The Scientist

» PCR, developmental biology and evolution

Most Recent

image: Myc, Nicked

Myc, Nicked

By | January 1, 2011

Editor's Choice in Developmental Biology

0 Comments

image: The Evolution of Volvox

The Evolution of Volvox

By | January 1, 2011

The volvocine algae are a model system for studying the evolution of multicellularity, as the group contains extant species ranging from the unicellular Chlamydomonas to a variety of colonial species and the full-fledged multicellular Volvox varieties.

0 Comments

From Simple To Complex

By | January 1, 2011

The switch from single-celled organisms to ones made up of many cells has evolved independently more than two dozen times. What can this transition teach us about the origin of complex organisms such as animals and plants?

0 Comments

image: Jeremy Reiter: Hunting for Cilia

Jeremy Reiter: Hunting for Cilia

By | January 1, 2011

Assistant professor of biochemistry, University of California, San Francisco. Age: 39

3 Comments

image: Book Excerpt from <em>Looking for a Few Good Males</em>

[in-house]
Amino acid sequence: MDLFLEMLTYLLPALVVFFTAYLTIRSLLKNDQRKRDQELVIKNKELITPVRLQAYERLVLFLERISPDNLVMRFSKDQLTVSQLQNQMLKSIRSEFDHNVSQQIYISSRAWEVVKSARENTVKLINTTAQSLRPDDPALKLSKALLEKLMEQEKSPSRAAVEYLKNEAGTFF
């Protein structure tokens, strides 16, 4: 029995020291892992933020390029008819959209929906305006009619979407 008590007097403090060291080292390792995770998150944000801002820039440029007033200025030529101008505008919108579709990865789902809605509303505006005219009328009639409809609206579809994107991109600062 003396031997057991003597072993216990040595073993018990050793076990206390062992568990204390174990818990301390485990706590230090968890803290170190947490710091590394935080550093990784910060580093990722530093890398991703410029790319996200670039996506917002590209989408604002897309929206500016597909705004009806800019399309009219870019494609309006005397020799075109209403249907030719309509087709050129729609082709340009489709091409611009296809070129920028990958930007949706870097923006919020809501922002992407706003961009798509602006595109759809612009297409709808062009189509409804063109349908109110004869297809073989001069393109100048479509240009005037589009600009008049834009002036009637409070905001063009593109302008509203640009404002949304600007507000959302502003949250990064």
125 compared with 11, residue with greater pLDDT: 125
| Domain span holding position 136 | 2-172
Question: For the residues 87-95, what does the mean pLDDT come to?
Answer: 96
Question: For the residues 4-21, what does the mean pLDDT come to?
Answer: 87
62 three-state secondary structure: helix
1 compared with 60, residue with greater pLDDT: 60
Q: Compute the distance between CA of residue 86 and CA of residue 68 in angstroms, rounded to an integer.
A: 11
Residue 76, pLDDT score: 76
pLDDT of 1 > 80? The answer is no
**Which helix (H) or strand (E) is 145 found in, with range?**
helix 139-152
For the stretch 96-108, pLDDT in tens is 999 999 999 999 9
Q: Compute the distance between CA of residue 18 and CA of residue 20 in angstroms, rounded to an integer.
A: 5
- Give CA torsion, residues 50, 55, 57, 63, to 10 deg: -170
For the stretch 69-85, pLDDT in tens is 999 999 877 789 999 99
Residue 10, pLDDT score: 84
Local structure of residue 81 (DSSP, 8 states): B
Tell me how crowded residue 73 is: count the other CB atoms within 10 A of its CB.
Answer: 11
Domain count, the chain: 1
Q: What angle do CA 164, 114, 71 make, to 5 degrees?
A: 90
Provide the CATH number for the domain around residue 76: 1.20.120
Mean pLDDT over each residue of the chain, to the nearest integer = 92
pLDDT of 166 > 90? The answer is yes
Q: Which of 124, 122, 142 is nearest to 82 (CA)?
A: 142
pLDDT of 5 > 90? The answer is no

Book Excerpt from Looking for a Few Good Males

By | January 1, 2011

In Chapter 2, "Progressive Desire," author Erika Lorraine Milam explores sexual selection’s incursion into evolutionary theory.

0 Comments

War zone

By | May 21, 2010

An invasive ant defies the rules of social evolution by conquering California with battles between enormous colonies that act like separate species.

1 Comment

Popular Now

  1. Optimism for Key Deer After Hurricane Irma
  2. Do Microbes Trigger Alzheimer’s Disease?
  3. Decoding the Tripping Brain
  4. Tattoo Ink Nanoparticles Persist in Lymph Nodes
    The Nutshell Tattoo Ink Nanoparticles Persist in Lymph Nodes

    Analysis of the bodies of deceased individuals can’t determine what effect these tattoo remnants have on lymph function, but researchers suggest dirty needles aren’t the only risk of the age-old practice.

AAAS